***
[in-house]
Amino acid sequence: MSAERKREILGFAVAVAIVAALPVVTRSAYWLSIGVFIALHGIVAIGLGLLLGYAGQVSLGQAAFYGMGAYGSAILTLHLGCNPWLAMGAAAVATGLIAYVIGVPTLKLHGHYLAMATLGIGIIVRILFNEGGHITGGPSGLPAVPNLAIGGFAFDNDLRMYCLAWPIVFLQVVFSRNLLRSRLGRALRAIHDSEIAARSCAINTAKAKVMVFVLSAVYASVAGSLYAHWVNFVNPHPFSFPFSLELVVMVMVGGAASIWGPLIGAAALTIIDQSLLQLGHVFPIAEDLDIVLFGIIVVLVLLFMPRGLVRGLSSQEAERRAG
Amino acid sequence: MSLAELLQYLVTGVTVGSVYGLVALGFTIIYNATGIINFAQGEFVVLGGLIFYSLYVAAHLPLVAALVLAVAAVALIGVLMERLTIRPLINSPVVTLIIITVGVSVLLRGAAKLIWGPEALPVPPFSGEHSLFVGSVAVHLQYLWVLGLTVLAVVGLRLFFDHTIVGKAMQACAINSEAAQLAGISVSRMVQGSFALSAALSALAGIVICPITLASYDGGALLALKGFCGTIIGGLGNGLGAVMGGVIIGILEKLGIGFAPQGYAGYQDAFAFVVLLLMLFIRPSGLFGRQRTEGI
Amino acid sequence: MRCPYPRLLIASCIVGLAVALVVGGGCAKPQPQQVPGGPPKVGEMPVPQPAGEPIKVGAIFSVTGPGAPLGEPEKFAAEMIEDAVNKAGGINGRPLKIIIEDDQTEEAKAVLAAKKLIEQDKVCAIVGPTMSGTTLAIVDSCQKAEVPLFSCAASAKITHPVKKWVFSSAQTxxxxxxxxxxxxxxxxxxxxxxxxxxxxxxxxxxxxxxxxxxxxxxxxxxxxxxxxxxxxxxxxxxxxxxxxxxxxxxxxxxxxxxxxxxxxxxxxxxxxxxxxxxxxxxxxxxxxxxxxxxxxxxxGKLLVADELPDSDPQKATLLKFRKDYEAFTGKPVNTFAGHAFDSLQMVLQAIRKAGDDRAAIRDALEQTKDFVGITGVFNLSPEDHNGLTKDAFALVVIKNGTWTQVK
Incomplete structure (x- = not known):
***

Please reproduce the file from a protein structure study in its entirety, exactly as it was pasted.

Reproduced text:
[in-house]
Amino acid sequence: MSAERKREILGFAVAVAIVAALPVVTRSAYWLSIGVFIALHGIVAIGLGLLLGYAGQVSLGQAAFYGMGAYGSAILTLHLGCNPWLAMGAAAVATGLIAYVIGVPTLKLHGHYLAMATLGIGIIVRILFNEGGHITGGPSGLPAVPNLAIGGFAFDNDLRMYCLAWPIVFLQVVFSRNLLRSRLGRALRAIHDSEIAARSCAINTAKAKVMVFVLSAVYASVAGSLYAHWVNFVNPHPFSFPFSLELVVMVMVGGAASIWGPLIGAAALTIIDQSLLQLGHVFPIAEDLDIVLFGIIVVLVLLFMPRGLVRGLSSQEAERRAG
Amino acid sequence: MSLAELLQYLVTGVTVGSVYGLVALGFTIIYNATGIINFAQGEFVVLGGLIFYSLYVAAHLPLVAALVLAVAAVALIGVLMERLTIRPLINSPVVTLIIITVGVSVLLRGAAKLIWGPEALPVPPFSGEHSLFVGSVAVHLQYLWVLGLTVLAVVGLRLFFDHTIVGKAMQACAINSEAAQLAGISVSRMVQGSFALSAALSALAGIVICPITLASYDGGALLALKGFCGTIIGGLGNGLGAVMGGVIIGILEKLGIGFAPQGYAGYQDAFAFVVLLLMLFIRPSGLFGRQRTEGI
Amino acid sequence: MRCPYPRLLIASCIVGLAVALVVGGGCAKPQPQQVPGGPPKVGEMPVPQPAGEPIKVGAIFSVTGPGAPLGEPEKFAAEMIEDAVNKAGGINGRPLKIIIEDDQTEEAKAVLAAKKLIEQDKVCAIVGPTMSGTTLAIVDSCQKAEVPLFSCAASAKITHPVKKWVFSSAQTxxxxxxxxxxxxxxxxxxxxxxxxxxxxxxxxxxxxxxxxxxxxxxxxxxxxxxxxxxxxxxxxxxxxxxxxxxxxxxxxxxxxxxxxxxxxxxxxxxxxxxxxxxxxxxxxxxxxxxxxxxxxxxxGKLLVADELPDSDPQKATLLKFRKDYEAFTGKPVNTFAGHAFDSLQMVLQAIRKAGDDRAAIRDALEQTKDFVGITGVFNLSPEDHNGLTKDAFALVVIKNGTWTQVK
Incomplete structure (x- = not known):